Anyway, that’s my kitchen. However, I might be remiss if I didn’t point out that my beloved dish set that was a wedding gift to us is not actually kept in the kitchen. Nope, those babies are on display here in our dining room:


Hello, high chair! Awaiting Baby Keller’s arrival…


And that concludes our tour for today. Hope you enjoyed it!

Curiosity Does Not an AHole Make

I’d be the last person to downplay the prevalence of racial problems in this world, but I have to say I do think there’s such a thing as being too sensitive about race. And I think that uber-sensitivity does us all a disservice in drawing attention away from real, actual problems of race, crying wolf when the real wolves are elsewhere, doing far more damage.

Here’s a case in point: an article on Jezebel about how to ask someone about their ethnicity. Let me summarize their answer for you: Don’t. It’s otherizing and exoticizing and that’s offensive. Apparently.

Now, I’m one of those people who never has an easy time with the question “Where are you from?” because the truth is a long story. So my answer depends on the context. If it looks like a shorter answer is appropriate, my response will be either “The States,” “California,” or possibly “Santa Barbara” though I could just as easily say Mission Viejo or Westminster if I’m being city-specific. If it’s a Thai person asking, I’ll usually respond in Thai that I’m a “half-race child: Thai & American.”

Sometimes more detail is called for: “My mom is Thai and my dad is American, but he grew up in South Africa.”

Sometimes it’s appropriate for me to mention that while my dad is an American, he primarily grew up in South Africa, but his family is actually from Norway. He’s as blond and blue-eyed as they come, but he grew up speaking Zulu (clicks and all) before he learned to speak English.

When asked where I grew up, I say southern California. But occasionally I surprise everyone when I admit I was born in Mississippi.

By that time everyone is confused, and I haven’t even gotten to the part about how my brother and sister are actually my cousins (no incest involved, thankyouverymuch) and technically, biologically, I’m an only child.

_1050346-2Like I said, long story. If people try to place me based on looks, they generally think I might be Hawaiian, or Mexican, maybe Indian. Not Thai, though. And not white either. If anyone has a claim to feeling “otherized” I’d think I do because I don’t fit the mold anywhere.

But while the “Where are you from?” question is never easy to answer, I don’t think people are assholes for asking it. Honestly, when I read articles like this Jezebel one, I just have to roll my eyes because, to me, it reeks more of the author’s own insecurity and discomfort in their own skin than racist behavior on the part of the questioner. More often than not, people asking where others are from are just making conversation. You never know their history either–maybe you look like you’re from Lebanon and that person just traveled there last month and is looking for a point of connection and a chance to talk with someone who gets it about the awesome time they had there. Or maybe you sound like you’re from Germany, and my family is from Germany but you’d never know it to look at me. Whatever. If you have an interesting heritage, maybe people are asking because you look like you have an interesting story to tell. Let me put it another way: would you rather forgo an interesting heritage in order to look just like everyone else? Is looking “exotic” such a bad thing? Is there something inherently better about looking obviously placeable?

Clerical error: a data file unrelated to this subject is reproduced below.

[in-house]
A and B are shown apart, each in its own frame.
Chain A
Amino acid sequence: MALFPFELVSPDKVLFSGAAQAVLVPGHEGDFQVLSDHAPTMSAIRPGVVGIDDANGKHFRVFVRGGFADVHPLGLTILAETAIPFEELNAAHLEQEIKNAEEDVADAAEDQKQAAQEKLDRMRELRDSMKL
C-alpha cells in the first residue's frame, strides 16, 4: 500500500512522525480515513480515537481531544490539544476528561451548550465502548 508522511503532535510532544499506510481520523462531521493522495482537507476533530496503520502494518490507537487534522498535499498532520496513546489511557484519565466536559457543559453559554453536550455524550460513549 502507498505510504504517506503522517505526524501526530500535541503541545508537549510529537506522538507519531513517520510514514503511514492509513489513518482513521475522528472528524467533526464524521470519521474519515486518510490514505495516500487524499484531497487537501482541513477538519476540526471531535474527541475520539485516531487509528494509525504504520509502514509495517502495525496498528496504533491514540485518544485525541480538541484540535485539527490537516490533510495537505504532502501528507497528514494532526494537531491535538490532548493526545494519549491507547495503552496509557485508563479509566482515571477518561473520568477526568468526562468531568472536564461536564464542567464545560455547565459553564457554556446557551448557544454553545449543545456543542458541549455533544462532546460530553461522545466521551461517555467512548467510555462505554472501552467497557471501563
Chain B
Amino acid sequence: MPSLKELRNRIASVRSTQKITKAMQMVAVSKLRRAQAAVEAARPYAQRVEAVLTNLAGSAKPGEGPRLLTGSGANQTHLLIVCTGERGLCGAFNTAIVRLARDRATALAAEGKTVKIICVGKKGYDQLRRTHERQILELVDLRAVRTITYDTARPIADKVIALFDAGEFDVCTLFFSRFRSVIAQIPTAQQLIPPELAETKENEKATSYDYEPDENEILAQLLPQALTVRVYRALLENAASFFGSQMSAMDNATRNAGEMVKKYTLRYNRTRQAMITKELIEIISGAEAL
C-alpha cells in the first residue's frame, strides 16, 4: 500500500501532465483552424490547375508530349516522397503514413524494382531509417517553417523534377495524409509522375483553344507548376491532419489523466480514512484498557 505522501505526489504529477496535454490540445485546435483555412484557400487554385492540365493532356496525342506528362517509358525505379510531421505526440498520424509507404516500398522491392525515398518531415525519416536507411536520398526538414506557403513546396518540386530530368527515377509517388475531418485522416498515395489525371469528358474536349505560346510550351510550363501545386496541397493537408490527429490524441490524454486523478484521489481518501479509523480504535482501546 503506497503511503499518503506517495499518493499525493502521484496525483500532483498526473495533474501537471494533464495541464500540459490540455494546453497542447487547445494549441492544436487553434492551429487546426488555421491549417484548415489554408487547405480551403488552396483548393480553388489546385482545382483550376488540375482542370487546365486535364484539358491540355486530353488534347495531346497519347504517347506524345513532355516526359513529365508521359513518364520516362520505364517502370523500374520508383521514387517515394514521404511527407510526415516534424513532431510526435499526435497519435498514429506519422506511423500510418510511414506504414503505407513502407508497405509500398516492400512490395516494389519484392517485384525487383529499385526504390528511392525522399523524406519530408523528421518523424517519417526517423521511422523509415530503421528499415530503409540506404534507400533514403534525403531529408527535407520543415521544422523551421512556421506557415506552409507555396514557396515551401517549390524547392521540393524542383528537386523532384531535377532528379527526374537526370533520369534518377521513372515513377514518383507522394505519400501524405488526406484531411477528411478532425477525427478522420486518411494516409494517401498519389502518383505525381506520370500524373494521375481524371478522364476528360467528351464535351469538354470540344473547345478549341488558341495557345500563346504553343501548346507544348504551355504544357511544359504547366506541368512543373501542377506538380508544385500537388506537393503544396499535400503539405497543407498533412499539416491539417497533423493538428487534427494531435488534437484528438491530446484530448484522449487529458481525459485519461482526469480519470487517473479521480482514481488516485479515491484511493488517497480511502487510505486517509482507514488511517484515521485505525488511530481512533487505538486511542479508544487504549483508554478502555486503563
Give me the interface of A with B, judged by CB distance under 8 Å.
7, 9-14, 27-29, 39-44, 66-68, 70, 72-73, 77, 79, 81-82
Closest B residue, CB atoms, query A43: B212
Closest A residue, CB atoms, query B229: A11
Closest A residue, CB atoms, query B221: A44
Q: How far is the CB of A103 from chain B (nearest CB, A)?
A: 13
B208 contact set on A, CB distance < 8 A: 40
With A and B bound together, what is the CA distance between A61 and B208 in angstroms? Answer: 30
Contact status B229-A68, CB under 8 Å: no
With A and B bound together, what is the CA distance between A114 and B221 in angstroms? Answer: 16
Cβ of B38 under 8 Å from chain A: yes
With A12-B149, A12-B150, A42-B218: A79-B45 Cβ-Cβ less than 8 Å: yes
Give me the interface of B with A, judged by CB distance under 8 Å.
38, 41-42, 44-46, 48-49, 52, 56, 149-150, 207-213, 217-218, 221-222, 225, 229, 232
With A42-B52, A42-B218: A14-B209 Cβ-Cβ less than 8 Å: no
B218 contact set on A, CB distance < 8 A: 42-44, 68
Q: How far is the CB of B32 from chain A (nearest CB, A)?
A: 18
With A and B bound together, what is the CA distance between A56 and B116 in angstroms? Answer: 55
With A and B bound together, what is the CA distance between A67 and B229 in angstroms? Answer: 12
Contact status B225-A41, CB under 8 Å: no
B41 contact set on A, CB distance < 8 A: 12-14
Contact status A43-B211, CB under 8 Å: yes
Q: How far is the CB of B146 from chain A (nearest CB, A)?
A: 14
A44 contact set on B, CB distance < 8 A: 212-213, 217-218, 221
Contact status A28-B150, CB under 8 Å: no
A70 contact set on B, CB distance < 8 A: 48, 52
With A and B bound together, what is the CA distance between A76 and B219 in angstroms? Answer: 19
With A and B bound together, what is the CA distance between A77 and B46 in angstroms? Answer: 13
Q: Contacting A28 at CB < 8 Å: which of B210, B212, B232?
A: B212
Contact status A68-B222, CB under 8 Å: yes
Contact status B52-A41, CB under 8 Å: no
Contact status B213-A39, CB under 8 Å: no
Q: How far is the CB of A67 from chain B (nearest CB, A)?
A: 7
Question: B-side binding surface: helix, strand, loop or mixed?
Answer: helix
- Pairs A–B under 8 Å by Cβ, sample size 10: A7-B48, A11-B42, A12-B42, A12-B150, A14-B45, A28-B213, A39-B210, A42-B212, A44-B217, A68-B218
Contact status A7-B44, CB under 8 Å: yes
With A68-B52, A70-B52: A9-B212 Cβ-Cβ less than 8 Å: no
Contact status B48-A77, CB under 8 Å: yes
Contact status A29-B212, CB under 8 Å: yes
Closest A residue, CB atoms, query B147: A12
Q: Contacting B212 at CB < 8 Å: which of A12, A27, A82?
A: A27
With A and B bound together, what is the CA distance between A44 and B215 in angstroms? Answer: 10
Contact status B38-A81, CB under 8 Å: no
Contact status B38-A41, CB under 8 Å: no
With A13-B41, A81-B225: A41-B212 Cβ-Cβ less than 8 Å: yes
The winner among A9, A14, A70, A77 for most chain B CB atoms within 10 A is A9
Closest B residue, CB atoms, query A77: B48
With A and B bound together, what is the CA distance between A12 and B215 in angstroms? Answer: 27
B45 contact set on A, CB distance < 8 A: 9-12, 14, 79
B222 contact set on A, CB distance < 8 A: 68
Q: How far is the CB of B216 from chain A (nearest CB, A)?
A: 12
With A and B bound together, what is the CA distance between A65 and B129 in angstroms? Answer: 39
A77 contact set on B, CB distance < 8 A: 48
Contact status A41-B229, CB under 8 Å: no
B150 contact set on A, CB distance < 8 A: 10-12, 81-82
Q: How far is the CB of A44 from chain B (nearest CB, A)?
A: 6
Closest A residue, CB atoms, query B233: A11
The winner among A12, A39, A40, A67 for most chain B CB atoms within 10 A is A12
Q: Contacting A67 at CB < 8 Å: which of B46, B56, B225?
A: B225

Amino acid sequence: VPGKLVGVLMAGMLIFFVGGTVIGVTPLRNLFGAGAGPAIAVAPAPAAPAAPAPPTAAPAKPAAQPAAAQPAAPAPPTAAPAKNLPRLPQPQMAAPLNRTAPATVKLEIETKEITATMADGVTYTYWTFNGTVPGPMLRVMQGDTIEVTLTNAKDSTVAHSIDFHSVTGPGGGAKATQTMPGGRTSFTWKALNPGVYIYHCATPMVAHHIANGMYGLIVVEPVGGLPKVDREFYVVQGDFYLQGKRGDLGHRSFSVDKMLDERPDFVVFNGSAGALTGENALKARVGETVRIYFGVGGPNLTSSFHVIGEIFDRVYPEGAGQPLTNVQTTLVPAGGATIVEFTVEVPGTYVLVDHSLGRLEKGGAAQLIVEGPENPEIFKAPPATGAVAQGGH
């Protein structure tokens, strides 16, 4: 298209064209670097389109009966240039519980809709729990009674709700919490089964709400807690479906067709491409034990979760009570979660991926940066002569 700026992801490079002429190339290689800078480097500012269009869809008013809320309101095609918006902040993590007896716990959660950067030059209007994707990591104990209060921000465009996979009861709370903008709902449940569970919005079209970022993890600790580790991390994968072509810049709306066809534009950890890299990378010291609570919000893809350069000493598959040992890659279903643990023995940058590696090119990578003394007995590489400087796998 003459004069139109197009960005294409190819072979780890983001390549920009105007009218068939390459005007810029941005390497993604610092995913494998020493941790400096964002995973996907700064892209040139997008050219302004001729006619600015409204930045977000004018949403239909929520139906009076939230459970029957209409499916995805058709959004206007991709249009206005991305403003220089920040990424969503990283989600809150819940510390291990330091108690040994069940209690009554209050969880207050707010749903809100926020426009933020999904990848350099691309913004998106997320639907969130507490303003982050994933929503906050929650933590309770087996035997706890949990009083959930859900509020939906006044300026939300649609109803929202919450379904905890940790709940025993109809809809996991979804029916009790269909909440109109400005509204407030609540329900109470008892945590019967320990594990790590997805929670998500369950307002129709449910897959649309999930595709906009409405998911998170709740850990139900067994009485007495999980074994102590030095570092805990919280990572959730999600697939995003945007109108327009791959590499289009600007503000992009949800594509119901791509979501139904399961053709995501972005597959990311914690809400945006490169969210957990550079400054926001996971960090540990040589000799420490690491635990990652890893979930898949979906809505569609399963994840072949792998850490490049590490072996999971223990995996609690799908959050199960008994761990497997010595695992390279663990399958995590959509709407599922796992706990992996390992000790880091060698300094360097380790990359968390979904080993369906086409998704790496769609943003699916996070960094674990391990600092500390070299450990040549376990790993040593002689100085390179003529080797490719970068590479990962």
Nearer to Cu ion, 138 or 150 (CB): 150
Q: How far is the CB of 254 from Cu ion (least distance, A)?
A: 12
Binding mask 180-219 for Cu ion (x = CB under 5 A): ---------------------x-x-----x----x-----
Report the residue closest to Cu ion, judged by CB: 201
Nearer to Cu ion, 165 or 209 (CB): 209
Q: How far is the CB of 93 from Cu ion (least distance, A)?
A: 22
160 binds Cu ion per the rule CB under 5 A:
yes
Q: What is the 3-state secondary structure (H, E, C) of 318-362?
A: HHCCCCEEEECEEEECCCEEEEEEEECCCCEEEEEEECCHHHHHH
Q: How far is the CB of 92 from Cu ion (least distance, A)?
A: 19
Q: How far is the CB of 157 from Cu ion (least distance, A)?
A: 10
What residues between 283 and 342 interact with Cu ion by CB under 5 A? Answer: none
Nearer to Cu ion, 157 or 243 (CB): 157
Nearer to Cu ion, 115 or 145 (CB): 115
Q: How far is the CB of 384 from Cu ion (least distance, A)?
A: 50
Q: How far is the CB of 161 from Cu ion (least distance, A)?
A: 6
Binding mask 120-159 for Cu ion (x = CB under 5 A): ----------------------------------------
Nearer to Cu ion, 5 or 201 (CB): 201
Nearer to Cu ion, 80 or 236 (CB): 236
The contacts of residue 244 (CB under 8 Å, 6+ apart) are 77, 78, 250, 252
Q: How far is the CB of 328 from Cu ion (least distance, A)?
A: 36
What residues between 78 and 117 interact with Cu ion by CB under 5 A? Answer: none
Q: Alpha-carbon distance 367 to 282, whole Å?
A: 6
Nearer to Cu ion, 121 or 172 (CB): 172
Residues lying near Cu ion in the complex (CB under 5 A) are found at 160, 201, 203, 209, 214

I’d personally rather have people be curious about me than write me off.

The only time I’ve ever been really annoyed by the questioner was when he kept trying to make assumptions about me, being overly familiar and getting it all wrong. And I just wanted to tell him, “STOP. I’m sorry, dude, but I don’t fit in your preconceived molds so just stop trying to stuff me into one.” But that kind of questioner isn’t curious–in fact, he’s the opposite of curious, when he’s really just looking for the most efficient way to categorize everyone he meets–which sounds a lot more like racism to me than simple curiosity about others. Turns out this particular guy, a restaurant owner who liked to get real friendly with his guests, is now operating a hub for trafficking young girls and boys out of his restaurant, so he definitely qualifies as an asshole.

The world is only getting more globalized and we’ll only begin to see more multi-ethnic people and more convoluted stories about where we’re all really from, whatever that means. There’s no one way to ask a person about their heritage that encompasses all the possible responses. Is it really better to shut up and not ask the question for fear of “otherizing” each other, or is it better to leave open the opportunity for making a connection with each other, either through the magnetism of our differences or because there’s a hidden similarity that might not otherwise have been seen?

Meanwhile, if I feel otherized by or that I don’t fit in with a particular crowd because of my answer to the “Where are you from?” question, then they’re not the kind of people I want to spend my time with–regardless of whether they so boldly ask the question or not.

The Nomad Diaries

My very dear friend, Lenae, of Just Lenae, is doing something pretty flippin’ wild right about now. As I type this, she is mid-air, moving her lovely family from life in California to…guess where?

Can you guess?


(I know, right?)

And did you catch that? They’re not traveling to Azerbaijan. They’re moving there. While we anxiously await tales of their trip, she asked a few of us other nomads to post a little bit about our experiences moving abroad. She posed a few questions about what we remember most about the early days, what we miss most from home, what we’ve learned and what we love. So, if you’re curious, you can find me over at her place today!

Actually, you should go to her place anyway and root around the archives. I’m sure if you spend above half a minute over there, you’ll fall in love with her as much as I did. Plus, pretty soon, you’ll find out about their adventures in Azerbaijan!